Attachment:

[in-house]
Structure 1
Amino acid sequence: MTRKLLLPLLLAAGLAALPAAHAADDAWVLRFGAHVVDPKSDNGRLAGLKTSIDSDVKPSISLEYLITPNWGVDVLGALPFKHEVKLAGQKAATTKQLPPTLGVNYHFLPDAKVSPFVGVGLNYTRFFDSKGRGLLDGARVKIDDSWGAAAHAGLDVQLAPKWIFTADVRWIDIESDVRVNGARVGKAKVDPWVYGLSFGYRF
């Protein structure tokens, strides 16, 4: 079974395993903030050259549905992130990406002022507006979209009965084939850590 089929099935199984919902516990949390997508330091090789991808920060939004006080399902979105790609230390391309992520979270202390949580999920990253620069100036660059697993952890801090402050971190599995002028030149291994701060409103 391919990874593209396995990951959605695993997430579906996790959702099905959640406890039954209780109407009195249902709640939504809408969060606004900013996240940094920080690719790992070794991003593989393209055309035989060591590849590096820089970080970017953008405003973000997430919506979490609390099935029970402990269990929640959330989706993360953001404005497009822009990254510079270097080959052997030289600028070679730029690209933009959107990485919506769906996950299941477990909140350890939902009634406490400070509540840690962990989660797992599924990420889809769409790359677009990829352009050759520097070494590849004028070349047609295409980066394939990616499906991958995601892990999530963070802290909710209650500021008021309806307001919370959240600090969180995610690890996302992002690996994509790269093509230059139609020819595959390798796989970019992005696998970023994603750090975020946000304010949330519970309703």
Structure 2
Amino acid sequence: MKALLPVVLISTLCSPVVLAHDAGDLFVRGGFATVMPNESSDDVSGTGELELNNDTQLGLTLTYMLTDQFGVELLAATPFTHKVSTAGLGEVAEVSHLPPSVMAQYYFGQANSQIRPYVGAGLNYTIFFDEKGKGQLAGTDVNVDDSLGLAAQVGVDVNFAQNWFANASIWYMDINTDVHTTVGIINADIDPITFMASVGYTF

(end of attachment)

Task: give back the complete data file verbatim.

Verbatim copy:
[in-house]
Structure 1
Amino acid sequence: MTRKLLLPLLLAAGLAALPAAHAADDAWVLRFGAHVVDPKSDNGRLAGLKTSIDSDVKPSISLEYLITPNWGVDVLGALPFKHEVKLAGQKAATTKQLPPTLGVNYHFLPDAKVSPFVGVGLNYTRFFDSKGRGLLDGARVKIDDSWGAAAHAGLDVQLAPKWIFTADVRWIDIESDVRVNGARVGKAKVDPWVYGLSFGYRF
């Protein structure tokens, strides 16, 4: 079974395993903030050259549905992130990406002022507006979209009965084939850590 089929099935199984919902516990949390997508330091090789991808920060939004006080399902979105790609230390391309992520979270202390949580999920990253620069100036660059697993952890801090402050971190599995002028030149291994701060409103 391919990874593209396995990951959605695993997430579906996790959702099905959640406890039954209780109407009195249902709640939504809408969060606004900013996240940094920080690719790992070794991003593989393209055309035989060591590849590096820089970080970017953008405003973000997430919506979490609390099935029970402990269990929640959330989706993360953001404005497009822009990254510079270097080959052997030289600028070679730029690209933009959107990485919506769906996950299941477990909140350890939902009634406490400070509540840690962990989660797992599924990420889809769409790359677009990829352009050759520097070494590849004028070349047609295409980066394939990616499906991958995601892990999530963070802290909710209650500021008021309806307001919370959240600090969180995610690890996302992002690996994509790269093509230059139609020819595959390798796989970019992005696998970023994603750090975020946000304010949330519970309703």
Structure 2
Amino acid sequence: MKALLPVVLISTLCSPVVLAHDAGDLFVRGGFATVMPNESSDDVSGTGELELNNDTQLGLTLTYMLTDQFGVELLAATPFTHKVSTAGLGEVAEVSHLPPSVMAQYYFGQANSQIRPYVGAGLNYTIFFDEKGKGQLAGTDVNVDDSLGLAAQVGVDVNFAQNWFANASIWYMDINTDVHTTVGIINADIDPITFMASVGYTF